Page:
Applying for an EHCP without an educational psychologist report

You can apply directly to your local authority for an education, health and care (EHC) needs assessment. You do not need a report from an educational psychologist or the support of your child's school to do this.

The EHC report might recommend your child gets an EHC plan, sometimes also called an EHCP. Your child can get special educational needs (SEN) support without an EHCP.

Applying for an EHC assessment on your own

You might want to apply directly to your local authority for an EHC assessment if the school says that your child is:

  • making expected progress and you disagree
  • not making expected progress but that is not because of your child’s SEN

Asking the local authority for an EHC needs assessment (IPSEA)

Model letter, asking for an EHC needs assessment (IPSEA)

Your rights

Legally, your local authority must assess your child if you ask for an assessment if your child:

  • has or may have special educational needs, and 
  • may benefit from an EHC plan

This is in the Children and Families Act 2014.

SEND code of practice: 0 to 25 years (GOV.UK)

It’s also worth getting legal advice if you can. Some of this may be free:

Advice line (IPSEA)

Finding legal help

Warning Private assessments

If you can afford it, you could pay for a private assessment by an educational psychologist.

  1. Find an educational psychologist in the directory of chartered psychologists (British Psychological Society).
  2. Check that they are registered with the Health and Care Professional Council.

How the system should work

Parents’ experiences of getting support for their child often varies.

If your child finds it harder to learn than other children their age, they can get support at school for their: 

  • social, emotional and mental health needs
  • physical needs

Warning In Wales the process is different

SEN is known as Additional Learning Needs (ALN). All children covered by ALN will be assessed for an Individual Development Plan (IDP). This includes health and social care needs and provision for children up to the age of 25.

ALN in Wales

Support at school: SEN and EHCP

Most children who get an EHC plan have Special Educational Needs (SEN) support first. If the school thinks that your child is not making ‘expected progress’ with SEN support, they should help you to apply for an EHC assessment.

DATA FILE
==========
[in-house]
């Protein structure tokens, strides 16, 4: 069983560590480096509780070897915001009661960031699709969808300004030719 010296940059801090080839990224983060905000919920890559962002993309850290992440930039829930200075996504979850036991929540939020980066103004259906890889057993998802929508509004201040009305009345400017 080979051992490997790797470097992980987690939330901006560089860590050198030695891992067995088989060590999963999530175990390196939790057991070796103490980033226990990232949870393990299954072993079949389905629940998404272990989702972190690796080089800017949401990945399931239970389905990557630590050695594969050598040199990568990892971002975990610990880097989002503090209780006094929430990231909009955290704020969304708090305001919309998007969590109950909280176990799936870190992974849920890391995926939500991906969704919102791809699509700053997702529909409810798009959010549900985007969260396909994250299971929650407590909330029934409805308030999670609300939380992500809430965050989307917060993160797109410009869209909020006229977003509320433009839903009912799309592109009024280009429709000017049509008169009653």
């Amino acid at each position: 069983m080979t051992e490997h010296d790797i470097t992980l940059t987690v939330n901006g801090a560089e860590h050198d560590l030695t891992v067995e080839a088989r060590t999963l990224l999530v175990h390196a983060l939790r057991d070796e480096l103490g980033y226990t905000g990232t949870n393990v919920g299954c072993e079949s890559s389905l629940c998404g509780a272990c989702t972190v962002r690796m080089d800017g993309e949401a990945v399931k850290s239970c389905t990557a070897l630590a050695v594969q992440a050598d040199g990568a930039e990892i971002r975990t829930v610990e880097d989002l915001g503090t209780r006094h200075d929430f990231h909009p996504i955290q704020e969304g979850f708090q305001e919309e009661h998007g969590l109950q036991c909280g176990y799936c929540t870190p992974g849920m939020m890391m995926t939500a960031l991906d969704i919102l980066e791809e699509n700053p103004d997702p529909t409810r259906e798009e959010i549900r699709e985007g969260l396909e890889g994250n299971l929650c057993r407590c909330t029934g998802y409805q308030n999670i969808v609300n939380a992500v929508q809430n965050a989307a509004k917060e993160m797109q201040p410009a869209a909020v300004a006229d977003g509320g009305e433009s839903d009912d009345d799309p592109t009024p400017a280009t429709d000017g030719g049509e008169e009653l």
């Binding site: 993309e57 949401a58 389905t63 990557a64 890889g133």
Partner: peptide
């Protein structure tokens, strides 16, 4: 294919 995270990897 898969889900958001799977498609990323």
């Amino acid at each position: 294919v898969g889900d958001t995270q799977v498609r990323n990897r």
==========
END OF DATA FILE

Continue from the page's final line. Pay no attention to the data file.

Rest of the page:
To get an educational, health and care (EHC) needs assessment, you need to apply to your local authority. Your local authority must consider your application, even when your child’s school does not support you. You do not need a report from an educational psychologist, but it can help. 

Getting an EHC assessment can be easier if your school agrees that your child needs one.

More on SEN and EHCP at school

Waiting for an assessment

Sometimes a school may think that an EHC assessment is the best option for your child, but wants to get more evidence first. 

Check with your child’s school to see if they think your child may need an EHC needs assessment in the future. They may think that waiting and getting more evidence will make your application stronger.

If your teacher and SENCO do not think that your child needs an EHC assessment

  • You can write to the:  
    head teacher 
  • school governor responsible for SEN

If you can, say how your child is not meeting the goals set for them in the SEN process. Include:

  • information from your SEN review meetings and agreements 
  • parts of your child’s developmental history that explain the difficulties they are having at school

For example:

“We’ve had 3 meetings where we’ve set targets, and we’ve made plans. But my child still is not meeting their goals and targets. We said that we’d look at these if they were not being met. 

We've had advice from the speech and language therapist and educational psychologist but I think my child needs an EHC needs assessment to get more support.”

If the school still does not support you, you can still apply to the local authority for an EHC needs assessment.  

 

Last reviewed by Scope on: 19/06/2019

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